2021 is coming to a close—and seriously, how did that happen so fast? Since it’s that time of year to reflect on the year that was, these were some of the biggest stories in weed in 2021:
Sha’Carri Richardson was denied the chance to compete in the Tokyo Summer Olympics because she tested positive for THC. Richardson dominated the women’s 100-meter qualifying race at the U.S. Olympic Track and Field Trials in Eugene, Oregon. However, the U.S. Anti-Doping Agency (USADA) prohibited her from competing after the positive test.
“Richardson’s competitive results obtained on June 19, 2021, including her Olympic qualifying results at the Team Trials, have been disqualified, and she forfeits any medals, points, and prizes,” a statement from the USADA said.
Richardson, who had just learned about her mother’s death, consumed marijuana in Oregon, a legal cannabis state. Despite the lack of evidence that marijuana or THC enhances athletic ability and a petition signed by more than half a million people, Richardson could not compete.
Colorado’s Speaker of the House, Alec Garnett (D-Denver), introduced legislation to tighten rules for medical marijuana and marijuana concentrates. The Colorado Legislature passed HB 1317 in June, and Governor Jared Polis (D-Colorado), signed the bill into law in the same month.
A new state tracking system will monitor medical marijuana patients’ purchases to prevent them from buying more than the allowed daily limit. Additionally, the law lowered the purchase limit on concentrates for medical and recreational to 8 grams per day, down from the previous 40-gram limit. For medical marijuana patients between the ages of 18-20, the limit on concentrates was lowered to two grams per day.
Amazon, one of the largest employers in the United States, dropped drug testing for applicants and employees this year.
“We will no longer include marijuana in our comprehensive drug screening program for any positions not regulated by the Department of Transportation, and will instead treat it the same as alcohol use. We will continue to do impairment checks on the job and will test for all drugs and alcohol after any incident,” the company said in a blog post.
Going one step further, the company said that they would actively lobby Congress to pass the Marijuana Opportunity Reinvestment and Expungement (MORE) Act, which would legalize cannabis nationally.
This may be the biggest story that wasn’t. We’re at the end of 2021, and there still hasn’t been any movement on ending the prohibition on cannabis or improving access to banking.
Several marijuana legalization and banking bills were introduced in the last few years, including the MORE Act and the SAFE Banking Act. In 2020, the House passed the MORE Act, but it never received a hearing in the Senate. The House passed different versions of the SAFE Banking Act five times, but like the MORE Act, it stalled in the Senate.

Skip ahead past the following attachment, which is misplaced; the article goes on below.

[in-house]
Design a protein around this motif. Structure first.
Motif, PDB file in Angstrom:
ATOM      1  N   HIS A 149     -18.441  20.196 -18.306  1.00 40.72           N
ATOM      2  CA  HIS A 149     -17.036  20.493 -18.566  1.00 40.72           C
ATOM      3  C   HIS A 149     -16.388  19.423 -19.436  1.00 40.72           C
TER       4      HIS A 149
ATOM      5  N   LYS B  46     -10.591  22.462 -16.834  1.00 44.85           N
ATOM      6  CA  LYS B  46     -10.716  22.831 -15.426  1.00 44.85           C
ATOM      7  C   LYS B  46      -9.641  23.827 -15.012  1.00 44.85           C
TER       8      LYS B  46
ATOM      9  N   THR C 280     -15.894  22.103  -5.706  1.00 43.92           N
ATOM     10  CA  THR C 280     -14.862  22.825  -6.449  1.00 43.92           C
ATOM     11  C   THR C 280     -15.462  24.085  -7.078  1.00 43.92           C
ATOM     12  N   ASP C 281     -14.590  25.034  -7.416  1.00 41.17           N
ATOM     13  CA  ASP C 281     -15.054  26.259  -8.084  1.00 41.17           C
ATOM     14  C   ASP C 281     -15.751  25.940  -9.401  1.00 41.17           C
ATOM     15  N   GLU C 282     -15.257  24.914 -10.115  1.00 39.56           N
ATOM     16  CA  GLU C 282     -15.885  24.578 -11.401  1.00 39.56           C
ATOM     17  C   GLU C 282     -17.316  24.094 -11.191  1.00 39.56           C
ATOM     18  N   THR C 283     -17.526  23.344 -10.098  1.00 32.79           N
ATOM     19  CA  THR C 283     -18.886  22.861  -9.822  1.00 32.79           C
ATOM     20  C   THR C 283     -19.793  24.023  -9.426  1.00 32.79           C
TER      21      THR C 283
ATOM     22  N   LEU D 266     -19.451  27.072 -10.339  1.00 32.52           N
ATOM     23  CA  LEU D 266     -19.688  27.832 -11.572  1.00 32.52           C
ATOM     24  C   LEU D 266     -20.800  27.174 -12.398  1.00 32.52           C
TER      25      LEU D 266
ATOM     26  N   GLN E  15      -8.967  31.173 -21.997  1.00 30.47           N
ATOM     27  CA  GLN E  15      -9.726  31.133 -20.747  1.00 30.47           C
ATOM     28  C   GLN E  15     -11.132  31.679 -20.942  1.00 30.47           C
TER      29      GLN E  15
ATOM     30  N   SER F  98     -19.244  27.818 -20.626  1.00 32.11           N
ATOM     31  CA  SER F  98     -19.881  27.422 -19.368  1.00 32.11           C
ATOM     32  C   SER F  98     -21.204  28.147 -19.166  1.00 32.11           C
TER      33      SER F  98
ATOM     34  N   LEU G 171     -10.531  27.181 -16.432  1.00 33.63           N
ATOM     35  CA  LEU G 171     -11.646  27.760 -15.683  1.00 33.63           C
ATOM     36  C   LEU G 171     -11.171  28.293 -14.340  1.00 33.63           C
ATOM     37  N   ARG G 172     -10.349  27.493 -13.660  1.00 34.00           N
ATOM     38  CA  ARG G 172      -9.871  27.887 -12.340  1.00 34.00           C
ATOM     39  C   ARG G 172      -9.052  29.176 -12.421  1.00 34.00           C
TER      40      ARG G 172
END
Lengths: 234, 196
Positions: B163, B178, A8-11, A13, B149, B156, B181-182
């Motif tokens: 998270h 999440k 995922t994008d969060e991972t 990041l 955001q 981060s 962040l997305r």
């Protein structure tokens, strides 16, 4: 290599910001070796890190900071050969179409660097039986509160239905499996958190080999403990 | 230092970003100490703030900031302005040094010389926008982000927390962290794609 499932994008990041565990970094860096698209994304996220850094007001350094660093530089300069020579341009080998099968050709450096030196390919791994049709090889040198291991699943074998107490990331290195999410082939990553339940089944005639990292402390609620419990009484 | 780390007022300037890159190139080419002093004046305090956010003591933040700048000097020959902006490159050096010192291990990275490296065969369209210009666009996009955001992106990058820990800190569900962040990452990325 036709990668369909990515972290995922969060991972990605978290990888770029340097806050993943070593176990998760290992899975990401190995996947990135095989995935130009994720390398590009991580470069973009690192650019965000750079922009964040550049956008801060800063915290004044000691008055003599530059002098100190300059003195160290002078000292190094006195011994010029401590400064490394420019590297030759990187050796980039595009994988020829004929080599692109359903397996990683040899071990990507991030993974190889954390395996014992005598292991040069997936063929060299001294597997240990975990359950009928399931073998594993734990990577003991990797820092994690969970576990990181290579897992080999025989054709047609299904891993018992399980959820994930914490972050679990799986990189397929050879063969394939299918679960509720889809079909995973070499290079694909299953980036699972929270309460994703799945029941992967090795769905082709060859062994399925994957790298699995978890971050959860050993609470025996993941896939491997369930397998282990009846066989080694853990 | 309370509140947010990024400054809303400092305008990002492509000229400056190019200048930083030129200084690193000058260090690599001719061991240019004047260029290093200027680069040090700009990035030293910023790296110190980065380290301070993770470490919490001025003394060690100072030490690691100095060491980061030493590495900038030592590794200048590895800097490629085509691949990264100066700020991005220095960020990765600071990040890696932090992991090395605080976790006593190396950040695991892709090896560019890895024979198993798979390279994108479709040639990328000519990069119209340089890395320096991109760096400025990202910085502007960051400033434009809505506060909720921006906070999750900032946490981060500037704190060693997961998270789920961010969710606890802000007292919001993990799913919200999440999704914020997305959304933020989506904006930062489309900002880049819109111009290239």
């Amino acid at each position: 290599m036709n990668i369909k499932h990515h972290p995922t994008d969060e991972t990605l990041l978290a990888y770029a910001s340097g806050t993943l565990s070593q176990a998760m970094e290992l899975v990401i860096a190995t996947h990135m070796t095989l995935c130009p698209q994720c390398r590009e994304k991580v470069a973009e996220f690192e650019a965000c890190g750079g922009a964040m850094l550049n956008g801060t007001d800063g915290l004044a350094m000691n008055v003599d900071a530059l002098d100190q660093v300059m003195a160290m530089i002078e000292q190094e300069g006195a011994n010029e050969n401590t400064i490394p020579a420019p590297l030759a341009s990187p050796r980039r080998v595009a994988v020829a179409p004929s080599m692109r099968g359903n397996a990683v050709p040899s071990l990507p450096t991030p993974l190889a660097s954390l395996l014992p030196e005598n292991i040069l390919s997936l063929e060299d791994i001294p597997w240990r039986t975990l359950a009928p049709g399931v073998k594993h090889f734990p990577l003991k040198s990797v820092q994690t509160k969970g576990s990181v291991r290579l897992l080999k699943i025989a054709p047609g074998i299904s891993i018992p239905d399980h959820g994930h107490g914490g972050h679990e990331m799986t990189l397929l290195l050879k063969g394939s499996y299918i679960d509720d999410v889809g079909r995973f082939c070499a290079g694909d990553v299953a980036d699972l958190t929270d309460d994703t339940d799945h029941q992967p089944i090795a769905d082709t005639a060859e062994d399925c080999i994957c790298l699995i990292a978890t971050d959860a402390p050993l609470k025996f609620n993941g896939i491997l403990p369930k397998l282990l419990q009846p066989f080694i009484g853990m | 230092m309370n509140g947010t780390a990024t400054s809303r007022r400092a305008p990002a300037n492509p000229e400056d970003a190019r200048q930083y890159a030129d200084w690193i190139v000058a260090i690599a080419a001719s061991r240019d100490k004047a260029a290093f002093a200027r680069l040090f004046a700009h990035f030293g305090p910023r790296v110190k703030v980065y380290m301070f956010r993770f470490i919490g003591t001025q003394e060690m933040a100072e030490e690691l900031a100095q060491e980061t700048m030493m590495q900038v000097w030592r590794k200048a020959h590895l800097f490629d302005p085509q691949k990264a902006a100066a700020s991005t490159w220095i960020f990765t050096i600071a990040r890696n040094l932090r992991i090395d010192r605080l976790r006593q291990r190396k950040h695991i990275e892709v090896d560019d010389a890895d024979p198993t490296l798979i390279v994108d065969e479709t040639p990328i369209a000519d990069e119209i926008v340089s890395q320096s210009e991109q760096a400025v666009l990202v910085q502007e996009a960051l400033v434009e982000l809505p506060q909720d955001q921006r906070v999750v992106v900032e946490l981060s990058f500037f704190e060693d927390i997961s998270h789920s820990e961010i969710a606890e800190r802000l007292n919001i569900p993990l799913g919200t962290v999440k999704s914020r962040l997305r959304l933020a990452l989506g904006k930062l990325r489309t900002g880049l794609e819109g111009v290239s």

One of the sponsors of the SAFE Banking Act, Rep. Ed Perlmutter (D-CO), said in a statement, “[P]eople are still getting killed and businesses are still getting robbed because of a lack of action from the Senate. The SAFE Banking Act has been sitting in the Senate for three years and with every passing day their unwillingness to deal with the issue endangers and harms businesses, their employees, and communities across the country.”
In states that have legalized adult-use marijuana, youth marijuana use has not increased.
A study published in JAMA Pediatrics found that teen marijuana use decreased after legalization. Researchers analyzed data from 1.4 million high school students between 1993 and 2017 and found an 8 percent decrease in teen use after states legalized recreational marijuana.
The U.S. Department of Education’s National Center for Education Statistics (NCES) analyzed ten years of data from students in grades 9-12 who reported marijuana use in the previous 30 days. They found that between 2009 and 2019, youth marijuana use has remained essentially unchanged.
“The overall percentage of students who reported using marijuana at least 1 time during the previous 30 days in 2019 was not measurably different from the percentage in 2009…. There was no measurable difference between 2009 and 2019 in the percentage of students who reported that illegal drugs were made available to them on school property.”
The findings are consistent with prior data concerning youth marijuana use.
Whether it was a year to remember or a year you wish you could forget, 2020 is coming to a close.
Here were some of the biggest stories in weed this year:
Five more states vote to legalize recreational, medical marijuana
While marijuana prohibition is still in effect at the federal level, voters in states across the country continue to push to legalize marijuana.
This November, four states voted to legalize adult-use marijuana, and two states legalized medical marijuana.
In Arizona, voters passed Proposition 207, legalizing recreational marijuana for adults 21 years and older. Recreational sales are expected to begin in March 2021. Arizonans can grow up to six cannabis plants at home or no more than 12 plants in a house with more than one adult. Additionally, Arizonans with a prior marijuana conviction can petition to have the record expunged as of July 12, 2021.
Voters in the Garden State said ‘yes’ to Question 1, legalizing adult-use cannabis. Adults 21 and older will be able to purchase and possess legal cannabis, subject to rules and regulations that will be overseen by the state’s Cannabis Regulatory Commission, which already oversees New Jersey’s medical marijuana program.
Montana is so into legal weed that they voted on not one but two ballot measures to legalize recreational marijuana.
Initiative 190 legalized the sale and possession of up to an ounce of cannabis and the cultivation of up to four cannabis plants and four cannabis seedlings at home. Recreational marijuana sales will be subject to a 20% tax.
Constitutional Initiative 118 amended the state constitution to allow the Legislature to set the age for adults permitted to possess and consume marijuana to 21 years and older.
In South Dakota, voters went all in for legal cannabis, simultaneously legalizing medical and recreational marijuana.